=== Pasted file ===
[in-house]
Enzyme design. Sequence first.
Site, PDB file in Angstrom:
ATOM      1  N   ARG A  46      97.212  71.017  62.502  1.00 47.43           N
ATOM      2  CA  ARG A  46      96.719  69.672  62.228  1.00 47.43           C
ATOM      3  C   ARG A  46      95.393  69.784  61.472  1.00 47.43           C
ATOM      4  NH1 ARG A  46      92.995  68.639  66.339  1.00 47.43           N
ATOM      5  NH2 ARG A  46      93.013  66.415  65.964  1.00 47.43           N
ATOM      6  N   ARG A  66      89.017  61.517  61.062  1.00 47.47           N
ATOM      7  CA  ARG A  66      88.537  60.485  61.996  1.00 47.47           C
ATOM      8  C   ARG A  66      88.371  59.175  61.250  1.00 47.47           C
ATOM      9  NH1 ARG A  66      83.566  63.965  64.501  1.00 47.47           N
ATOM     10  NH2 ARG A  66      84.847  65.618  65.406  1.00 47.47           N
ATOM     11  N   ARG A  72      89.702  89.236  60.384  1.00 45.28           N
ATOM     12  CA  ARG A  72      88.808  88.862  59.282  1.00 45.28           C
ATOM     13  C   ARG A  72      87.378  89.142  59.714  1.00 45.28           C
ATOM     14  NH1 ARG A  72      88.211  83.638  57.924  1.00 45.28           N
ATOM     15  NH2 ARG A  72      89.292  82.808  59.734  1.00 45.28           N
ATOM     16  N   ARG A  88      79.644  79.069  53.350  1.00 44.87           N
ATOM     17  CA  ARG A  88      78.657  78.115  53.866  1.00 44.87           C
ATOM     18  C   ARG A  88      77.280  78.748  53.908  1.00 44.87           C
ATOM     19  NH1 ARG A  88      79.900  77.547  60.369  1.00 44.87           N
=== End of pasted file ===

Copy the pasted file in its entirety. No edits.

[in-house]
Enzyme design. Sequence first.
Site, PDB file in Angstrom:
ATOM      1  N   ARG A  46      97.212  71.017  62.502  1.00 47.43           N
ATOM      2  CA  ARG A  46      96.719  69.672  62.228  1.00 47.43           C
ATOM      3  C   ARG A  46      95.393  69.784  61.472  1.00 47.43           C
ATOM      4  NH1 ARG A  46      92.995  68.639  66.339  1.00 47.43           N
ATOM      5  NH2 ARG A  46      93.013  66.415  65.964  1.00 47.43           N
ATOM      6  N   ARG A  66      89.017  61.517  61.062  1.00 47.47           N
ATOM      7  CA  ARG A  66      88.537  60.485  61.996  1.00 47.47           C
ATOM      8  C   ARG A  66      88.371  59.175  61.250  1.00 47.47           C
ATOM      9  NH1 ARG A  66      83.566  63.965  64.501  1.00 47.47           N
ATOM     10  NH2 ARG A  66      84.847  65.618  65.406  1.00 47.47           N
ATOM     11  N   ARG A  72      89.702  89.236  60.384  1.00 45.28           N
ATOM     12  CA  ARG A  72      88.808  88.862  59.282  1.00 45.28           C
ATOM     13  C   ARG A  72      87.378  89.142  59.714  1.00 45.28           C
ATOM     14  NH1 ARG A  72      88.211  83.638  57.924  1.00 45.28           N
ATOM     15  NH2 ARG A  72      89.292  82.808  59.734  1.00 45.28           N
ATOM     16  N   ARG A  88      79.644  79.069  53.350  1.00 44.87           N
ATOM     17  CA  ARG A  88      78.657  78.115  53.866  1.00 44.87           C
ATOM     18  C   ARG A  88      77.280  78.748  53.908  1.00 44.87           C
ATOM     19  NH1 ARG A  88      79.900  77.547  60.369  1.00 44.87           N